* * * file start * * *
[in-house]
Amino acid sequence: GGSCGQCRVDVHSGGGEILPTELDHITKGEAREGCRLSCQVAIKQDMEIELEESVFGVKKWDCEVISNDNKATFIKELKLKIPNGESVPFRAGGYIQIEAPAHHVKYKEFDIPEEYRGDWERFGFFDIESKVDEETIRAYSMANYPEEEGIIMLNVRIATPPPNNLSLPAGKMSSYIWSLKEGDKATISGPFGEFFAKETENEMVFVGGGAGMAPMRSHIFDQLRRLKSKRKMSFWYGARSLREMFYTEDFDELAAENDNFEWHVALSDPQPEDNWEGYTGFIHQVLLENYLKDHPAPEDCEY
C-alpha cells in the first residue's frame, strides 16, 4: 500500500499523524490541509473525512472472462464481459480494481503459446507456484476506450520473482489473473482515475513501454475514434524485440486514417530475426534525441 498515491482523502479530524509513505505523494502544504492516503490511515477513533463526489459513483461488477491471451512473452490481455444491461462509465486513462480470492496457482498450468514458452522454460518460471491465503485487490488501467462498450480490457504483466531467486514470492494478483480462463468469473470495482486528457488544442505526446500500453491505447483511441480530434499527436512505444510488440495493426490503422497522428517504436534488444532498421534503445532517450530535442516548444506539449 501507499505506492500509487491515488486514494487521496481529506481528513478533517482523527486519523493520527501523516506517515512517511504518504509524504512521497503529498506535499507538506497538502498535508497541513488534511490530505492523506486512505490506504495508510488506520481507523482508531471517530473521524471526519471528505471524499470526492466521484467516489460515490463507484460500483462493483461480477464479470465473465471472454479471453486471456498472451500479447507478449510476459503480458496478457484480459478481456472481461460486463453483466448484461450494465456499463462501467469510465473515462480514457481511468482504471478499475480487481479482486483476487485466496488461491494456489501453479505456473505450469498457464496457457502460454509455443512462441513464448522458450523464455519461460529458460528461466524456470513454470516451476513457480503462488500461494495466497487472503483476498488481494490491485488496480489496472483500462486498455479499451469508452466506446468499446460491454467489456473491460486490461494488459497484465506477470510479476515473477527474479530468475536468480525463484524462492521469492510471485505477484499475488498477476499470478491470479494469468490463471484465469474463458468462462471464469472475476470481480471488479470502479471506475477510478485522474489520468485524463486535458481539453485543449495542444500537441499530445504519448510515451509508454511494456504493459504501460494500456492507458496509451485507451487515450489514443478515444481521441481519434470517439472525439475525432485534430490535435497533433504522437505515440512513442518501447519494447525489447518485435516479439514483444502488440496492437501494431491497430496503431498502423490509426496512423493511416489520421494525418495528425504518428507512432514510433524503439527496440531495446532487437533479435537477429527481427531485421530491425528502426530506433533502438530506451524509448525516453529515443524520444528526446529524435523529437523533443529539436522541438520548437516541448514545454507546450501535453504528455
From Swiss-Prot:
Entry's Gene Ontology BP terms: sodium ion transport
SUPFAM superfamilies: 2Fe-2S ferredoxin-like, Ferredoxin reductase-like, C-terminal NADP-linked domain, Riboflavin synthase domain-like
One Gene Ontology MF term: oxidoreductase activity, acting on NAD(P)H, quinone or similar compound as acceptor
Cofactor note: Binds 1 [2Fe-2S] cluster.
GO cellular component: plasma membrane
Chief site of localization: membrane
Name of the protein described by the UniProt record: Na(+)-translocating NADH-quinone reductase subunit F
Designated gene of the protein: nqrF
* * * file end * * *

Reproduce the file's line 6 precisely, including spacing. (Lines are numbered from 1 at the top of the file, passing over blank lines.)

SUPFAM superfamilies: 2Fe-2S ferredoxin-like, Ferredoxin reductase-like, C-terminal NADP-linked domain, Riboflavin synthase domain-like